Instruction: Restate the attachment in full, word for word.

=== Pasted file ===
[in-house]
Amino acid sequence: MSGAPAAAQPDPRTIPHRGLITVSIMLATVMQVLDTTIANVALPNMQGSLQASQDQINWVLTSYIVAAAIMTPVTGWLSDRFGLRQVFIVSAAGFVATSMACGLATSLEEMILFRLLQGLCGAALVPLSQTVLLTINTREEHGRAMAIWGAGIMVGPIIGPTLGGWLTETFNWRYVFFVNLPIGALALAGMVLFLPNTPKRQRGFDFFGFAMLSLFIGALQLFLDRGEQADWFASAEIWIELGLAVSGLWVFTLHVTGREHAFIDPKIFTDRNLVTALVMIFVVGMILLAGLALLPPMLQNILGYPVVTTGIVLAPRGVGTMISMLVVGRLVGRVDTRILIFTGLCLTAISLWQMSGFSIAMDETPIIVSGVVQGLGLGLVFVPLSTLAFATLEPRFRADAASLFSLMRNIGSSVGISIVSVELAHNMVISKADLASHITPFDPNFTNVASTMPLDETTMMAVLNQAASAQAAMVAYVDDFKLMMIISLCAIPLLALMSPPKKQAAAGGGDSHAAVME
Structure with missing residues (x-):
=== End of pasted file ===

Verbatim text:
[in-house]
Amino acid sequence: MSGAPAAAQPDPRTIPHRGLITVSIMLATVMQVLDTTIANVALPNMQGSLQASQDQINWVLTSYIVAAAIMTPVTGWLSDRFGLRQVFIVSAAGFVATSMACGLATSLEEMILFRLLQGLCGAALVPLSQTVLLTINTREEHGRAMAIWGAGIMVGPIIGPTLGGWLTETFNWRYVFFVNLPIGALALAGMVLFLPNTPKRQRGFDFFGFAMLSLFIGALQLFLDRGEQADWFASAEIWIELGLAVSGLWVFTLHVTGREHAFIDPKIFTDRNLVTALVMIFVVGMILLAGLALLPPMLQNILGYPVVTTGIVLAPRGVGTMISMLVVGRLVGRVDTRILIFTGLCLTAISLWQMSGFSIAMDETPIIVSGVVQGLGLGLVFVPLSTLAFATLEPRFRADAASLFSLMRNIGSSVGISIVSVELAHNMVISKADLASHITPFDPNFTNVASTMPLDETTMMAVLNQAASAQAAMVAYVDDFKLMMIISLCAIPLLALMSPPKKQAAAGGGDSHAAVME
Structure with missing residues (x-):